Thankfully, the two most deserving candidates who were not inducted for years, finally received the recognition they deserved in recent seasons. First, Ray Guy became the first pure punter to be inducted into the Hall, then Mr. Raider, Tim Brown was inducted this past year. Both men deserved to be inducted long before now, but that’s not abnormal when it comes to Oakland Raiders greats.

    This year, Ken Stabler, who passed away recently, was named as a finalist by the Senior Committee, a group that is responsible for looking at people who may have been overlooked over the years. Typically when someone is named as a Senior Committee finalist, it’s all but assumed that they will be admitted into Canton.

    But that still leaves some deserving Oakland Raiders who are not in the Hall of Fame. One of the most notable, Tom Flores, is being talked about now because of the fact that Ron Rivera, head coach of the Carolina Panthers is the second Hispanic head coach to reach the Super Bowl. The first, of course, being Flores.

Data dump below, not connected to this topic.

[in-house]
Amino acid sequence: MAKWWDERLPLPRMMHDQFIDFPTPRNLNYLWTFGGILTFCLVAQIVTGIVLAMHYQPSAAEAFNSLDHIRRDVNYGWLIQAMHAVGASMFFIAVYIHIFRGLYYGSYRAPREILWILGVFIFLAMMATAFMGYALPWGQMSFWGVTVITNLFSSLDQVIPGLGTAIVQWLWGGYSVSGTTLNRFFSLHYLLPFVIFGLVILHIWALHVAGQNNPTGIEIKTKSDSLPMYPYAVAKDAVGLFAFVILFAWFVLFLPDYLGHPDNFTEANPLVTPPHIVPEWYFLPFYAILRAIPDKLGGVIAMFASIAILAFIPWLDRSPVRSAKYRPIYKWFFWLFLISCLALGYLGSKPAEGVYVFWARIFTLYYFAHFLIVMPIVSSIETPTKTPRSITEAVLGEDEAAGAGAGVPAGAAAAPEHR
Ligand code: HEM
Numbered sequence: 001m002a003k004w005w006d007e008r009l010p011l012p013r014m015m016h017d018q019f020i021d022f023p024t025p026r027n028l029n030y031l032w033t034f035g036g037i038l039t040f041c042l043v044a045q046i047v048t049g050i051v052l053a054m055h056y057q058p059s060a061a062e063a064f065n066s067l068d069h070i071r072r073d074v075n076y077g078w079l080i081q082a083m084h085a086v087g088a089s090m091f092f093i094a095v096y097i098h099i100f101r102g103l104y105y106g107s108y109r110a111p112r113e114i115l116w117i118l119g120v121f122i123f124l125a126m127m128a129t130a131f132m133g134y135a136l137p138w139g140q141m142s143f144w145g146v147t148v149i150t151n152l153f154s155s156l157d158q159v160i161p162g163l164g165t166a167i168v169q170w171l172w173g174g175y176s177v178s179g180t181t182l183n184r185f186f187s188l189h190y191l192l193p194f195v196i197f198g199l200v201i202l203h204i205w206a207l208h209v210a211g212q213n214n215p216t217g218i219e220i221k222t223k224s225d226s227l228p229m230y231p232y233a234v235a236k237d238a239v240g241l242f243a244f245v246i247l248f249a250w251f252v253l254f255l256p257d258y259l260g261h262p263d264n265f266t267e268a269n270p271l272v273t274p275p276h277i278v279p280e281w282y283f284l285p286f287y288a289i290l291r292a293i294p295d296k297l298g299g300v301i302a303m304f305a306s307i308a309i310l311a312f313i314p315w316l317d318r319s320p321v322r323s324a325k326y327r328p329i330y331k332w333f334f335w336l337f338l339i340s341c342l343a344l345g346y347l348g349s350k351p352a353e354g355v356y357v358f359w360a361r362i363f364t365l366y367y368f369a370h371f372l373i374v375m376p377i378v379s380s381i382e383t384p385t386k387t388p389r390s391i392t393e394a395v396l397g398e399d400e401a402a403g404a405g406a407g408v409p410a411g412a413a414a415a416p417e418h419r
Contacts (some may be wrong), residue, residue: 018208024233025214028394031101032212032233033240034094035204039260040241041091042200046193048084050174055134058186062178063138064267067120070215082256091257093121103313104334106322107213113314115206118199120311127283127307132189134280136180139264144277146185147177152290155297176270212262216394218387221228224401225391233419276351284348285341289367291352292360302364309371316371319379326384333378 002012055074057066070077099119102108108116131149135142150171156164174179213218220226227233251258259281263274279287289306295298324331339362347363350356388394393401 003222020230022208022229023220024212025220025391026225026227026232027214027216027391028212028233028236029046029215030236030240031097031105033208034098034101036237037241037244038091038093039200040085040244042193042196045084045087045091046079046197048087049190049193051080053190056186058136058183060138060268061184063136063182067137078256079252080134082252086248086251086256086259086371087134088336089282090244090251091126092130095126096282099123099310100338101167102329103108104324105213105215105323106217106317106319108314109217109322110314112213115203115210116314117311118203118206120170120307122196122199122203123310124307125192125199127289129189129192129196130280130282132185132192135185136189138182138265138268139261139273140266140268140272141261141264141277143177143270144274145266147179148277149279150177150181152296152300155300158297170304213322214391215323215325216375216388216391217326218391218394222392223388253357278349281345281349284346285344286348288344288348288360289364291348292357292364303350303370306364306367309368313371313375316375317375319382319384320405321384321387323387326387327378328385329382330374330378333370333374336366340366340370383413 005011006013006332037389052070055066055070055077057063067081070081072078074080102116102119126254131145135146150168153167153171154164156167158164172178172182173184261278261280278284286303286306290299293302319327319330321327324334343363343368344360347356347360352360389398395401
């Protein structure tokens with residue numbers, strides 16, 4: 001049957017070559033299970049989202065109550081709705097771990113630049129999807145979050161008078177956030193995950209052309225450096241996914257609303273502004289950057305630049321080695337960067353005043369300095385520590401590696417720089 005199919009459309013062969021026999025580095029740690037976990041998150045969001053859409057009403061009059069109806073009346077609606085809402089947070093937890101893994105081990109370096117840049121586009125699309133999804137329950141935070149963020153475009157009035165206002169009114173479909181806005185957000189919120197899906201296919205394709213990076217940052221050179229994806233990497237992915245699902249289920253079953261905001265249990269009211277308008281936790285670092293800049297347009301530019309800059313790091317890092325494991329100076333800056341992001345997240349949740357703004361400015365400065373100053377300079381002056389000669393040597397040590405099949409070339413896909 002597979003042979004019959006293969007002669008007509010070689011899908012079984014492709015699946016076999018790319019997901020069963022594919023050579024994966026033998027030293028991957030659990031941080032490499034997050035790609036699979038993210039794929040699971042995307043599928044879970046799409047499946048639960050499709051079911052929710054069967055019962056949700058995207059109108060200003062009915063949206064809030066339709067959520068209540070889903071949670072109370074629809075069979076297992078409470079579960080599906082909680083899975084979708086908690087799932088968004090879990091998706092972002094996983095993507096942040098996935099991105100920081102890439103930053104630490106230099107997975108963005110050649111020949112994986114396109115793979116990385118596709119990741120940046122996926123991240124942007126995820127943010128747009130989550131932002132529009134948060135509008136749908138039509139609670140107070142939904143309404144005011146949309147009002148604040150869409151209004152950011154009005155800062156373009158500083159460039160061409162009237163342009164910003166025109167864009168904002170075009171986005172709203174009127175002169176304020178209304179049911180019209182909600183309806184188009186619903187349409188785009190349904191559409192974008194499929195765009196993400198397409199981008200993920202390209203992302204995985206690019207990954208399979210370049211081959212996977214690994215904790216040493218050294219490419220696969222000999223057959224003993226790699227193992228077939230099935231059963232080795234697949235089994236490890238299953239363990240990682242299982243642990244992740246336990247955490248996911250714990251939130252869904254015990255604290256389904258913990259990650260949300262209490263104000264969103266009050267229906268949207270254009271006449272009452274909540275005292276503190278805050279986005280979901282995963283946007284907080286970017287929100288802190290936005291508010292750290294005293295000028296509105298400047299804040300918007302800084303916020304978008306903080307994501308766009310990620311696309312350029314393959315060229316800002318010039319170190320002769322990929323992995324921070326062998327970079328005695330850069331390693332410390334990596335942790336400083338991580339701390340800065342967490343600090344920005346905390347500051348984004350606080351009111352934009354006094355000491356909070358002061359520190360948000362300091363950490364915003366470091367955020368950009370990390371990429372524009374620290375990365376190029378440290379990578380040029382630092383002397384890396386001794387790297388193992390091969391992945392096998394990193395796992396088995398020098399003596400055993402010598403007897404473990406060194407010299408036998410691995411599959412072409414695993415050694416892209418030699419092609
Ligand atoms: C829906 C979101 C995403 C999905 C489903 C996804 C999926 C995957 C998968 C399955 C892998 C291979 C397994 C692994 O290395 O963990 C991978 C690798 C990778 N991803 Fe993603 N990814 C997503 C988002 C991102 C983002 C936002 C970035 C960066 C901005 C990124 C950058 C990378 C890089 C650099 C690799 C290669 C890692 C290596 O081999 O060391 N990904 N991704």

Given that fact, I asked NFL great Tony Gonzalez what he thought about Flores not being in the Hall and he decided to double down on me and throw Jim Plunkett in the mix as well.

  5. Sports Fan
    May 10, 2016
    Reply

    EXCELLENT MUST HEAR VIDEO CLIP:

    GUYS LIKE US
    JIm Plunkett – Tom Flores

    https://www.facebook.com/espn30for30/videos/1122082587805168/

  6. Sports Fan
    May 10, 2016
    Reply

    EXCELLENT MUST HEAR VIDEO CLIP:


    Which Raiders Should Be In HOF?
    Raiders Hall of Famers discuss which former members of the Silver and Black should be inducted into the PFHOF

    http://www.raiders.com/media-vault/videos/Which-Raiders-Should-Be-In-HOF/8d21c7fa-521d-4409-a139-2cab56d32738

  7. Sports Fan
    May 10, 2016
    Reply

    ATTN: PFHOF Selectors/Voters
    Dan Fouts
    James Lofton
    NFL
    PFHOF

    “…VOTERS DON’T TAKE THE TIME TO FIND OUT THE WHOLE STORY…”

    Historian Mario Longoria one of the foremost Authors on Latino, Hispanic, Mexican, Chicano Athletes

    His work and research can be seen at the Professional Football Hall of Fame, therefore even the Hall of Fame acknowledges his work

    He commented about Coach Tom Flores and Jim Plunkett not being in the Hall of Fame, his comments are extremely important:

    “They’re being lost in the mist of time”